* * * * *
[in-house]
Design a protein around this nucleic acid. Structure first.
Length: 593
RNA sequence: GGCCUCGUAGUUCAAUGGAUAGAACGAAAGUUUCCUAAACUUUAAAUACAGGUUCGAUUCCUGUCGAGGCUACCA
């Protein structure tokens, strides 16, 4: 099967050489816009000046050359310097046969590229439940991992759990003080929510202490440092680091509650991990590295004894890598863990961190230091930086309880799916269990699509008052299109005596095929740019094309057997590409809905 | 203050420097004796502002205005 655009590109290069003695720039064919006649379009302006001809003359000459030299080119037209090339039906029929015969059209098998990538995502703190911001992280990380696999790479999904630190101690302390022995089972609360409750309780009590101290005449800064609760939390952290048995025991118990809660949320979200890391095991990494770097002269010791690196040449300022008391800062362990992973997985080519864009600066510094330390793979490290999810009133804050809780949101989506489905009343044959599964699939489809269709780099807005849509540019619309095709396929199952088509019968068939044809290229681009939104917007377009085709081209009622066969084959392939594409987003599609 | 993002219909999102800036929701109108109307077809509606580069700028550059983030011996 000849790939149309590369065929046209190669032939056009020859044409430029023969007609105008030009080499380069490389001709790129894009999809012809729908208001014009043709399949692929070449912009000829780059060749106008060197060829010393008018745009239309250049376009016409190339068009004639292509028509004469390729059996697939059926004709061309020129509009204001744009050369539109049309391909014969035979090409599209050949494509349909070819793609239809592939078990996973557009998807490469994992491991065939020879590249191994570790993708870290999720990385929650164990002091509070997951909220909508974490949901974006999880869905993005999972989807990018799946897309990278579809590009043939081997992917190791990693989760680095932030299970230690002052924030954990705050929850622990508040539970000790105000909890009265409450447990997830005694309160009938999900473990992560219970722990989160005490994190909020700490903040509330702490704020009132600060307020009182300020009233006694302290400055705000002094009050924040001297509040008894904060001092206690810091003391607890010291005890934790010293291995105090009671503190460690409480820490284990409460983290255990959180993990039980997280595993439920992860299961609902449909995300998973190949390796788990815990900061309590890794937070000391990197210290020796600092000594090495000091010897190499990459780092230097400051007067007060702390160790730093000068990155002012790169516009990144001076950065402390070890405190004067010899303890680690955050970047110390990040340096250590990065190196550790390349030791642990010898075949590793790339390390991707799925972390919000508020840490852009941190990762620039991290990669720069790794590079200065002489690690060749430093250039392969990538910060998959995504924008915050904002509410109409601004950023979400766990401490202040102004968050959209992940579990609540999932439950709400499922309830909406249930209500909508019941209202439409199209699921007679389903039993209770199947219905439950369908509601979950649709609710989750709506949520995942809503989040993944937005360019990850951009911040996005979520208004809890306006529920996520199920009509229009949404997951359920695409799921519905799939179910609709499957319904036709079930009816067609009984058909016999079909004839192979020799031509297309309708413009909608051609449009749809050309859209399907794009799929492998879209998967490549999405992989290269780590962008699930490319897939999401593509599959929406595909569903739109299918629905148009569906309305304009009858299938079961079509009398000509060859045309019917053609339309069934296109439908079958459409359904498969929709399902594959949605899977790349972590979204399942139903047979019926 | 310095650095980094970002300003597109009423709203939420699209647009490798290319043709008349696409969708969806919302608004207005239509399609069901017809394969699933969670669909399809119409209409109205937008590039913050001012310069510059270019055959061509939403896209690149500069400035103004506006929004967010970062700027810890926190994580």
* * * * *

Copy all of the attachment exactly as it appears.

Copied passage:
[in-house]
Design a protein around this nucleic acid. Structure first.
Length: 593
RNA sequence: GGCCUCGUAGUUCAAUGGAUAGAACGAAAGUUUCCUAAACUUUAAAUACAGGUUCGAUUCCUGUCGAGGCUACCA
């Protein structure tokens, strides 16, 4: 099967050489816009000046050359310097046969590229439940991992759990003080929510202490440092680091509650991990590295004894890598863990961190230091930086309880799916269990699509008052299109005596095929740019094309057997590409809905 | 203050420097004796502002205005 655009590109290069003695720039064919006649379009302006001809003359000459030299080119037209090339039906029929015969059209098998990538995502703190911001992280990380696999790479999904630190101690302390022995089972609360409750309780009590101290005449800064609760939390952290048995025991118990809660949320979200890391095991990494770097002269010791690196040449300022008391800062362990992973997985080519864009600066510094330390793979490290999810009133804050809780949101989506489905009343044959599964699939489809269709780099807005849509540019619309095709396929199952088509019968068939044809290229681009939104917007377009085709081209009622066969084959392939594409987003599609 | 993002219909999102800036929701109108109307077809509606580069700028550059983030011996 000849790939149309590369065929046209190669032939056009020859044409430029023969007609105008030009080499380069490389001709790129894009999809012809729908208001014009043709399949692929070449912009000829780059060749106008060197060829010393008018745009239309250049376009016409190339068009004639292509028509004469390729059996697939059926004709061309020129509009204001744009050369539109049309391909014969035979090409599209050949494509349909070819793609239809592939078990996973557009998807490469994992491991065939020879590249191994570790993708870290999720990385929650164990002091509070997951909220909508974490949901974006999880869905993005999972989807990018799946897309990278579809590009043939081997992917190791990693989760680095932030299970230690002052924030954990705050929850622990508040539970000790105000909890009265409450447990997830005694309160009938999900473990992560219970722990989160005490994190909020700490903040509330702490704020009132600060307020009182300020009233006694302290400055705000002094009050924040001297509040008894904060001092206690810091003391607890010291005890934790010293291995105090009671503190460690409480820490284990409460983290255990959180993990039980997280595993439920992860299961609902449909995300998973190949390796788990815990900061309590890794937070000391990197210290020796600092000594090495000091010897190499990459780092230097400051007067007060702390160790730093000068990155002012790169516009990144001076950065402390070890405190004067010899303890680690955050970047110390990040340096250590990065190196550790390349030791642990010898075949590793790339390390991707799925972390919000508020840490852009941190990762620039991290990669720069790794590079200065002489690690060749430093250039392969990538910060998959995504924008915050904002509410109409601004950023979400766990401490202040102004968050959209992940579990609540999932439950709400499922309830909406249930209500909508019941209202439409199209699921007679389903039993209770199947219905439950369908509601979950649709609710989750709506949520995942809503989040993944937005360019990850951009911040996005979520208004809890306006529920996520199920009509229009949404997951359920695409799921519905799939179910609709499957319904036709079930009816067609009984058909016999079909004839192979020799031509297309309708413009909608051609449009749809050309859209399907794009799929492998879209998967490549999405992989290269780590962008699930490319897939999401593509599959929406595909569903739109299918629905148009569906309305304009009858299938079961079509009398000509060859045309019917053609339309069934296109439908079958459409359904498969929709399902594959949605899977790349972590979204399942139903047979019926 | 310095650095980094970002300003597109009423709203939420699209647009490798290319043709008349696409969708969806919302608004207005239509399609069901017809394969699933969670669909399809119409209409109205937008590039913050001012310069510059270019055959061509939403896209690149500069400035103004506006929004967010970062700027810890926190994580």